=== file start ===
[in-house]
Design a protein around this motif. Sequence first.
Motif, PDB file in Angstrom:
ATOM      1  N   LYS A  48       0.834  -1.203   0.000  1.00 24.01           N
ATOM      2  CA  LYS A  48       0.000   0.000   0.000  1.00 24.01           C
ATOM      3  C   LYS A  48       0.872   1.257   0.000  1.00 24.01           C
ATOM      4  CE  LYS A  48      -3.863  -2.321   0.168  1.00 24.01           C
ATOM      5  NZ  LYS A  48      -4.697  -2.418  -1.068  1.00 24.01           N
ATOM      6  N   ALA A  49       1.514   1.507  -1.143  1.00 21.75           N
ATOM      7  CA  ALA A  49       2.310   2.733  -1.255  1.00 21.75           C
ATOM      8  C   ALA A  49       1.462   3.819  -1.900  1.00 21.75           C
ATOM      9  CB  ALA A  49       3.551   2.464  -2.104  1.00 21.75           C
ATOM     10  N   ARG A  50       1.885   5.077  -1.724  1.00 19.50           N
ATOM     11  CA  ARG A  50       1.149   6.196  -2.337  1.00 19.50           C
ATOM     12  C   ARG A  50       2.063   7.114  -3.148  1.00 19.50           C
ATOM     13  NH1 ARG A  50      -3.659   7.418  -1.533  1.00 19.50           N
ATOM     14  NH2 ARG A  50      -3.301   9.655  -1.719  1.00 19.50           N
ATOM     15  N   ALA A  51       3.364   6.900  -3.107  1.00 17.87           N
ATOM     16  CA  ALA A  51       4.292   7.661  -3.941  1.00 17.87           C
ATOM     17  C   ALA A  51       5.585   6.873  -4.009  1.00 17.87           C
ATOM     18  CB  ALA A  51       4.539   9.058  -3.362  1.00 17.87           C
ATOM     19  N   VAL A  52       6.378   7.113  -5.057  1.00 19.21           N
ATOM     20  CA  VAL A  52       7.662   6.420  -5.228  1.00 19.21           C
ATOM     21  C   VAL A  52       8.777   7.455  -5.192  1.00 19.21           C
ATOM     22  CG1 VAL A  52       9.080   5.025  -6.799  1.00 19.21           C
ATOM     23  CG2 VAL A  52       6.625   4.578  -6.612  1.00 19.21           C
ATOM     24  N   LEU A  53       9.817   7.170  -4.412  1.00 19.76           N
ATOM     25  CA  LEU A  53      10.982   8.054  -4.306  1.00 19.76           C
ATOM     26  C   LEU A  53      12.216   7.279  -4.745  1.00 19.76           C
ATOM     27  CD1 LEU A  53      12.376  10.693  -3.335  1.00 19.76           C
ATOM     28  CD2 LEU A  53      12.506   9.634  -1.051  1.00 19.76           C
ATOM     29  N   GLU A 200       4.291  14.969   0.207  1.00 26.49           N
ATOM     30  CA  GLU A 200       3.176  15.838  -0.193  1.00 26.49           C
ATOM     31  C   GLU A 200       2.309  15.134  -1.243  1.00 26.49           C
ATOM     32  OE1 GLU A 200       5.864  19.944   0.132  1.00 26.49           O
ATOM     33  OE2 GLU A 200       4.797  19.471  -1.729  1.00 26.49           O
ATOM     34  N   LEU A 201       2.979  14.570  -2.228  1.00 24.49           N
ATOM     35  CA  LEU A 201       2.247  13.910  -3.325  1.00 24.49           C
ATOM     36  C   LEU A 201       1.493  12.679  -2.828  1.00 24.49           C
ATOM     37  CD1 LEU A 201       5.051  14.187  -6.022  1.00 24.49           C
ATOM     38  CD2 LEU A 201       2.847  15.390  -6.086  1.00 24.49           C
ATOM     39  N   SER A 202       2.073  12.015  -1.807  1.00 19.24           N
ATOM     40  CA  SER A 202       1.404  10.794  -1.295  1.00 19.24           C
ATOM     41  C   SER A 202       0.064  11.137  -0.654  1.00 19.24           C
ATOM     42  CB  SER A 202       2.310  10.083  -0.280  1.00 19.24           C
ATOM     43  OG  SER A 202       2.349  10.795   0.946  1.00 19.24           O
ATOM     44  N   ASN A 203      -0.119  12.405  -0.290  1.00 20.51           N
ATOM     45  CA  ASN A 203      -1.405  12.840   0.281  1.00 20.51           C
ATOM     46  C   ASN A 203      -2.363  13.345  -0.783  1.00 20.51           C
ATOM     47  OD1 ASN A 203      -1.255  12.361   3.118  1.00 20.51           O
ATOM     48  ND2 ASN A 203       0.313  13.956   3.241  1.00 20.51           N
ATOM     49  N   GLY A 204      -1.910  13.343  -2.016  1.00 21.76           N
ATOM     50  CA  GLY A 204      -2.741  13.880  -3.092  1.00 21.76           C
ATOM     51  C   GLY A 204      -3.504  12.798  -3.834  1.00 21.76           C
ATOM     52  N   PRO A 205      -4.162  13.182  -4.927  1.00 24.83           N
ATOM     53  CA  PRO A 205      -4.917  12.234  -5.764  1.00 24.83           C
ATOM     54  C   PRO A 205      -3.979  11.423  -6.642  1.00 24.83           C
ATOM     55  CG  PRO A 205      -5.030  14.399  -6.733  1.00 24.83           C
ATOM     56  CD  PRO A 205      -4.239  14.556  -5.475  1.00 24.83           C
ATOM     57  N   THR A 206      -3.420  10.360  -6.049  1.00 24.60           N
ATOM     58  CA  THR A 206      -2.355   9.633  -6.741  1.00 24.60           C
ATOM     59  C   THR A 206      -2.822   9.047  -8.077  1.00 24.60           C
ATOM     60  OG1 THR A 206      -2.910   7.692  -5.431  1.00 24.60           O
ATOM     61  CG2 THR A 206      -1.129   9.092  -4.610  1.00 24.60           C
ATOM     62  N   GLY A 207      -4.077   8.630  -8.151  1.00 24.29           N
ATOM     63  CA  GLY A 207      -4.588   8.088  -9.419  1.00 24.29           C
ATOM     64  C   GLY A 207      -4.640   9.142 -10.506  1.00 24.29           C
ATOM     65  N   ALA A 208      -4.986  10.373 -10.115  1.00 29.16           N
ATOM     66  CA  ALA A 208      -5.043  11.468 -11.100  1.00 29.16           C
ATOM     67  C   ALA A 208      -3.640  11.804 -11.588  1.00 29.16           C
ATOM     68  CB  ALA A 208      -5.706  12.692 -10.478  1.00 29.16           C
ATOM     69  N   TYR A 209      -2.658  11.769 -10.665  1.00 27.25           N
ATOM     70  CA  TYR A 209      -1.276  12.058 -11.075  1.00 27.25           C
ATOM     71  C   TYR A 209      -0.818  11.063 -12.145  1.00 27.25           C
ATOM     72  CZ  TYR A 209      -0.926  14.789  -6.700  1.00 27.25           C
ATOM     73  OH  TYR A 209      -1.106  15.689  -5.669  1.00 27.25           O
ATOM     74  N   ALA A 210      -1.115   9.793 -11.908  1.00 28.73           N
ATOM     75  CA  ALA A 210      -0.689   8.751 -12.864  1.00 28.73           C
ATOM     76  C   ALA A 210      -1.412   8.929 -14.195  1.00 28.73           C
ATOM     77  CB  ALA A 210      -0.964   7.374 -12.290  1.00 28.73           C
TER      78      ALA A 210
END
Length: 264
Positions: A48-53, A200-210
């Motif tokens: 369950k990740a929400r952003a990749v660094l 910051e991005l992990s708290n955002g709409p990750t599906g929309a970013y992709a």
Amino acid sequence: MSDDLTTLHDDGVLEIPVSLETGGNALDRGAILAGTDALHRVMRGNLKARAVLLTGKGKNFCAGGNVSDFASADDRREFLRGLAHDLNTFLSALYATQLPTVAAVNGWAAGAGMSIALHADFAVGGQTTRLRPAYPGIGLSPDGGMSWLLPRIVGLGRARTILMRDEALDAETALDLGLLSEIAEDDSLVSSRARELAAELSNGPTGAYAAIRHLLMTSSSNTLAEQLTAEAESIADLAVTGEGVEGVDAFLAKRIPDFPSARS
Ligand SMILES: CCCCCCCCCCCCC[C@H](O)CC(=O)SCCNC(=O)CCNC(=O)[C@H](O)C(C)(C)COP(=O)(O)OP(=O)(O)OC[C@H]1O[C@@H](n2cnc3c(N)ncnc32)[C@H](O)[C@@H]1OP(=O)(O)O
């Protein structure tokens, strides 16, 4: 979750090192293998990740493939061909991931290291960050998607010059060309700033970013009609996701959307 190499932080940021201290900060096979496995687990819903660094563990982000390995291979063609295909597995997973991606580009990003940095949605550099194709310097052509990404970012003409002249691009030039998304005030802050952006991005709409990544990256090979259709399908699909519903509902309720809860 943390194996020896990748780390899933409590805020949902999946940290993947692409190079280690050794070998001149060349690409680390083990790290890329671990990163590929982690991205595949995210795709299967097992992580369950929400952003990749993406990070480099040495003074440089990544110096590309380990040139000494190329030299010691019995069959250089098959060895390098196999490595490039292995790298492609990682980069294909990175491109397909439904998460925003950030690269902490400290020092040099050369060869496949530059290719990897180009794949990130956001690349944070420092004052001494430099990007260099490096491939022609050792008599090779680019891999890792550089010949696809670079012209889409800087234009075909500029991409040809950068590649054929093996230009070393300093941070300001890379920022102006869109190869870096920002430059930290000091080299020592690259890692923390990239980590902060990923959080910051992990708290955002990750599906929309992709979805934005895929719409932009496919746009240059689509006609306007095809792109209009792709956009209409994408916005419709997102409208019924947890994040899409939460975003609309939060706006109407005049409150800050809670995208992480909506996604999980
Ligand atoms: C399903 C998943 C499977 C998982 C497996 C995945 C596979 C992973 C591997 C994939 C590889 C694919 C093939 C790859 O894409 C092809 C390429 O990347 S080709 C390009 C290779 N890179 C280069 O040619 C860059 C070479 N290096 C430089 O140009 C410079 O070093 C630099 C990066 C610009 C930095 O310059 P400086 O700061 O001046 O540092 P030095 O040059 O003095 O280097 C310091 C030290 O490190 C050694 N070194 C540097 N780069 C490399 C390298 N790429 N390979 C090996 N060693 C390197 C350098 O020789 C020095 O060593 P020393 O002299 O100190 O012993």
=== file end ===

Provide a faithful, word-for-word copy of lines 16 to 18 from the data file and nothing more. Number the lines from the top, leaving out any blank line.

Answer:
ATOM     13  NH1 ARG A  50      -3.659   7.418  -1.533  1.00 19.50           N
ATOM     14  NH2 ARG A  50      -3.301   9.655  -1.719  1.00 19.50           N
ATOM     15  N   ALA A  51       3.364   6.900  -3.107  1.00 17.87           N